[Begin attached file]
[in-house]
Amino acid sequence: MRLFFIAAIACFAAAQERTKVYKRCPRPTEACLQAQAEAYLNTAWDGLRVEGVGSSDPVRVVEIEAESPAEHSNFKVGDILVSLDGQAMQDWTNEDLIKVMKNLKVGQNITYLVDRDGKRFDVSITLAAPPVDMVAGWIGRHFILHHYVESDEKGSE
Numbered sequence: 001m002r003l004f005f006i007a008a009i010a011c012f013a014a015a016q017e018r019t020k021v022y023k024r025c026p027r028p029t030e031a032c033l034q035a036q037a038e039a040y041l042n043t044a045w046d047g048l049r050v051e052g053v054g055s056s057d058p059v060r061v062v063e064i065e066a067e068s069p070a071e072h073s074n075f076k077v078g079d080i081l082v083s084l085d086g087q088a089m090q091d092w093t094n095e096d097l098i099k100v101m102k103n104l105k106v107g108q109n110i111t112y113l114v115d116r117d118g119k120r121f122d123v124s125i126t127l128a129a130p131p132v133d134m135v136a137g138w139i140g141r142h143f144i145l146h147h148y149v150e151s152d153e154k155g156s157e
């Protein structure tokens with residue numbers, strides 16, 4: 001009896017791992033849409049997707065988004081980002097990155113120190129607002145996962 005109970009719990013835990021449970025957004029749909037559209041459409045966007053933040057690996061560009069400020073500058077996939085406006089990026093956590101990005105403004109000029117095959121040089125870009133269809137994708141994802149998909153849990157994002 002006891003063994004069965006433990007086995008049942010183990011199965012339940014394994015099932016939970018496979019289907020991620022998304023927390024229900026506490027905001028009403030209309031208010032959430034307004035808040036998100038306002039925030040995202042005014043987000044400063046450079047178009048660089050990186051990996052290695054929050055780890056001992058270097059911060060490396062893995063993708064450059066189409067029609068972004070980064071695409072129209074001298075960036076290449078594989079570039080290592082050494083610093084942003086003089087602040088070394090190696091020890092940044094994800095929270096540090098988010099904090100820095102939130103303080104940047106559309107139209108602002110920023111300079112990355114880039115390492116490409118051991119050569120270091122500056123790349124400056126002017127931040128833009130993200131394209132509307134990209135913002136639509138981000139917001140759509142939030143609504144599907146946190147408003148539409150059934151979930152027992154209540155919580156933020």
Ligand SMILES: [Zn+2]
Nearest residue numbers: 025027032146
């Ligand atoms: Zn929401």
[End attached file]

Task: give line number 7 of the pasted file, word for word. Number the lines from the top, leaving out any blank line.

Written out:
């Ligand atoms: Zn929401």